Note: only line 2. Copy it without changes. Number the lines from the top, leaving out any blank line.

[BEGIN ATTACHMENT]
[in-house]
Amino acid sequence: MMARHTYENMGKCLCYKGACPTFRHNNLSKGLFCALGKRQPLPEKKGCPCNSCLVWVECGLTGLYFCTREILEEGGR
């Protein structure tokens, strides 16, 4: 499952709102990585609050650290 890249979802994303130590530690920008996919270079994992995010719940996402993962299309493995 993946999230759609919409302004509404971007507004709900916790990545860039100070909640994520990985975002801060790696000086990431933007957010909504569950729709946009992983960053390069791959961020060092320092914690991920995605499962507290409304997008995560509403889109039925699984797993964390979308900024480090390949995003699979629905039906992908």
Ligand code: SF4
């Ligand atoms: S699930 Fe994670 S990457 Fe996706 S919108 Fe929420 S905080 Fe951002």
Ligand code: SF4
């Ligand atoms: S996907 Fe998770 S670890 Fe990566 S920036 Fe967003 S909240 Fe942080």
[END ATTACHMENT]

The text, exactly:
Amino acid sequence: MMARHTYENMGKCLCYKGACPTFRHNNLSKGLFCALGKRQPLPEKKGCPCNSCLVWVECGLTGLYFCTREILEEGGR